New Zealand business confidence in the December quarter fell to levels not seen since the start of 1970, the latest NZIER Quarterly Survey of Business Opinion shows. A seasonally adjusted net 44% of respondents to the survey reported a drop in their own business activity over the December quarter, compared to a net 32% in the September quarter. The survey will further raise expectations that New Zealand's economy will remain in recession over 2009. It will also put further pressure on the Reserve Bank to cut the Official Cash Rate to below 4% by mid-2009. The next OCR announcement is on January 29. "Given the economic disruption increasingly evident in the US and the extent of weakness in the QSBO survey, there is growing risk that NZ remains in recession for much of 2009," ASB Chief Economist and ASB Economist Jane Turner said. "We continue to believe that a 100bp OCR cut is appropriate on January 29: certainly there is little room for regret for the RBNZ in doing so," they said.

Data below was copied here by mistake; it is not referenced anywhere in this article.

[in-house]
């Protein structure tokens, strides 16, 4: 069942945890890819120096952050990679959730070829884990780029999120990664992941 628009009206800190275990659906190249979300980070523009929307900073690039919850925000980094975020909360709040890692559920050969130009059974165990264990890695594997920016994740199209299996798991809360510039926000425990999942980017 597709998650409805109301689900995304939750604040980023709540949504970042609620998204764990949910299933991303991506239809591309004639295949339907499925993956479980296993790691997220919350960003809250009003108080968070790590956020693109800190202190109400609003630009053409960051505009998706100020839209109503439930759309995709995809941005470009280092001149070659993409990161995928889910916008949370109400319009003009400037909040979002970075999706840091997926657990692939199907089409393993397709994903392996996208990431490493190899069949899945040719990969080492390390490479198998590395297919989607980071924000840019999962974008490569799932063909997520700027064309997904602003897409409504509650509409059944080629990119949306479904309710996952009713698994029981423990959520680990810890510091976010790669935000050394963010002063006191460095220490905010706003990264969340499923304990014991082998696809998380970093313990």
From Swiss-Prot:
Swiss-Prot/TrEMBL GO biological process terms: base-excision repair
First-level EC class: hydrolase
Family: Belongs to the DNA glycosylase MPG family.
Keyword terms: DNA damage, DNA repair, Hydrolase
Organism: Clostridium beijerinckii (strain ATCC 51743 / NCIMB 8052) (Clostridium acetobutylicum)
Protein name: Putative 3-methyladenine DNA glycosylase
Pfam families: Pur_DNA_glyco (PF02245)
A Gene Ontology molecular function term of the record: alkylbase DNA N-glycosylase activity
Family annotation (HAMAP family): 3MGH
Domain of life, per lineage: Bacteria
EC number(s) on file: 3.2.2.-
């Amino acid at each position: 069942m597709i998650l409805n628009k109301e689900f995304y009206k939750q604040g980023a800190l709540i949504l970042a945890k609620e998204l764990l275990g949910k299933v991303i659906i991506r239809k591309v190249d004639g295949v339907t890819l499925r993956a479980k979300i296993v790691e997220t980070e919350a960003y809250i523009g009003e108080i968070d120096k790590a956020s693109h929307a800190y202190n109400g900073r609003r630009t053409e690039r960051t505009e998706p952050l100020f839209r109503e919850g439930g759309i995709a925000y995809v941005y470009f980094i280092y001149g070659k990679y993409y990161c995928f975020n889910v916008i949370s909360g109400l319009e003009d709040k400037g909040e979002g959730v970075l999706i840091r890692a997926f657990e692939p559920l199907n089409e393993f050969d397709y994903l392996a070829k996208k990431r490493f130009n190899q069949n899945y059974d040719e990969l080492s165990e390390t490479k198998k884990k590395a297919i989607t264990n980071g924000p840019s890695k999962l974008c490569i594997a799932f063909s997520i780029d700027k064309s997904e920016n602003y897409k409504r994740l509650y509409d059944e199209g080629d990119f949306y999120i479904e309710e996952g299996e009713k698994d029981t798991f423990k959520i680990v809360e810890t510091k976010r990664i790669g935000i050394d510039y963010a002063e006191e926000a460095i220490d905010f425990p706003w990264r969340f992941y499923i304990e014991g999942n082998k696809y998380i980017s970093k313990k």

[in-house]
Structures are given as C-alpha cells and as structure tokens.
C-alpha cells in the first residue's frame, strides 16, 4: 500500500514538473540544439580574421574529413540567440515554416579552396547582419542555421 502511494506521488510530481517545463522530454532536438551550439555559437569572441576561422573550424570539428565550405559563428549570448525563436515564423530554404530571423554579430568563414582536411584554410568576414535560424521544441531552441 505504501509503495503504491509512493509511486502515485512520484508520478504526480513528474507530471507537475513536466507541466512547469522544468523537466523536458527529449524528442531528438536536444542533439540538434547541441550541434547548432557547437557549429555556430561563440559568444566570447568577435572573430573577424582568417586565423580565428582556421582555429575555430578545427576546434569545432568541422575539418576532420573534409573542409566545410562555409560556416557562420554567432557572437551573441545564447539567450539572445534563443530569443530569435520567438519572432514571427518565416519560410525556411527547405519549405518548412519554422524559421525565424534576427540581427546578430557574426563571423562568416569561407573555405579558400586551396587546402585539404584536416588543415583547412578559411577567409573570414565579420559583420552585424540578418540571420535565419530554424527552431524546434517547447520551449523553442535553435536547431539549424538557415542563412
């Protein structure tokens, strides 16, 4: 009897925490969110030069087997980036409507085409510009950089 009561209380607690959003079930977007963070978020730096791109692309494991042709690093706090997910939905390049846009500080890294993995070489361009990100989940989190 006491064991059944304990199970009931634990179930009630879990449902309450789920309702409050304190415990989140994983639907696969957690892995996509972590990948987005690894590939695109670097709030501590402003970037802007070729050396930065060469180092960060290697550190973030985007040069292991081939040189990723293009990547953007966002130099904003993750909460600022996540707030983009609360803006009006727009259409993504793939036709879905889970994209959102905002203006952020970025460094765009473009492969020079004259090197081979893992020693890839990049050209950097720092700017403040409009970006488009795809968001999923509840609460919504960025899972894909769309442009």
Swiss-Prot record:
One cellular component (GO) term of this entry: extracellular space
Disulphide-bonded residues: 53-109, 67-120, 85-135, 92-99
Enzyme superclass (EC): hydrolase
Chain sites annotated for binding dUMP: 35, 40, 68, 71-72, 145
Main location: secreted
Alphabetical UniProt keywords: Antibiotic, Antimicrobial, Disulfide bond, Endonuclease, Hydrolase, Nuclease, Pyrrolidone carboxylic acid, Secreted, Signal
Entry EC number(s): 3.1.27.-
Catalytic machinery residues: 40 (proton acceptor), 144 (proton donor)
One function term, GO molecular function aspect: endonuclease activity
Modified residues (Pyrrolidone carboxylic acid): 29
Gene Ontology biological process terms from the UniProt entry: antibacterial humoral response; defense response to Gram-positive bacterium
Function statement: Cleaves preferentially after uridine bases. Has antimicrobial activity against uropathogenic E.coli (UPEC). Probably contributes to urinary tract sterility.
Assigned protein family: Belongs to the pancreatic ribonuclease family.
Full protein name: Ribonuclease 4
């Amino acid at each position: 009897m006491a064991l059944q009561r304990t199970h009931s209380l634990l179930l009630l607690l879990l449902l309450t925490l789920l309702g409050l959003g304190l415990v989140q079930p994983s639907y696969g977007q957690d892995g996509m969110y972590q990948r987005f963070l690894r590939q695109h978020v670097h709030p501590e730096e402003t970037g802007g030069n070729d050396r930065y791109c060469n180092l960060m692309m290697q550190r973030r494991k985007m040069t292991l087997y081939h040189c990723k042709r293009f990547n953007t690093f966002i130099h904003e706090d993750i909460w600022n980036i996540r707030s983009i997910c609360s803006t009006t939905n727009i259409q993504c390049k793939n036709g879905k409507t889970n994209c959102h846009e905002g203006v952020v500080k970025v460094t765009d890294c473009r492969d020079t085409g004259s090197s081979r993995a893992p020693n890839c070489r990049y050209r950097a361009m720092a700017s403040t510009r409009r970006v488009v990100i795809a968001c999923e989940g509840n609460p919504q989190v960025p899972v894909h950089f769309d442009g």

A net 43% of respondents said they expect their own business activity to drop in the March quarter (compared to net 13% in the September survey for December), with net 64% expecting conditions to get worse for the whole economy. "Marked declines in employment and investment intentions in particular suggest that economic growth may be softer for longer than previously expected," the survey said. New Zealand's housing industry received more bad news. Net 23% of building construction firms reported a decrease in output over the December quarter, while net 65% of building material suppliers reported a decrease in output. "Architects' views about work availability over the next 12 months provide a very good lead indicator for building construction, and in this part the survey was incredibly weak. Net 59% expect to see housing-related work decline (compared to net 31% in Q3), while net 64% expect commercial and flats-related work to decrease (compared to just 20% in the previous quarter)," the ASB economists said. Building consent data for November 2008 is due out Wednesday, January 14. New Zealand's unemployment rate has started to rise and is set to rise even quicker, with a net 32% of respondents saying they intend to cut staff in the next quarter. This was the highest the figure had reached since June 1991. Unemployment is expected to rise above 6% in 2009 by some bank economists. In it's December monetary policy statement, the RBNZ forecast unemployment to peak at 6% in the December quarter of 2009. The rise in the unemployment rate did have one possible positive turn, with a net 20% of firms reporting it had become easier to find skilled labour and a net 43% reporting it had become easier to find unskilled labour. These figures are both their highest in 17 years. A net 90% of financial services firms expect interest rates to be lower over the next twelve months than in the past year. This figure is the highest since September 1991. A net 3% of firms reported they intend to reduce selling prices in the next three months. The last occasion a net balance of firms intended to reduce selling prices was December 1998. Regionally, the dive in business confidence was relatively even throughout New Zealand, with a net 65% of firms operating only in the South Island reporting they expected conditions to get worse compared to a net 60% in the Lower North Island and net 62% in the Upper North Island. A net 74% of firms that operated nationwide expected conditions to deteriorate in the next quarter.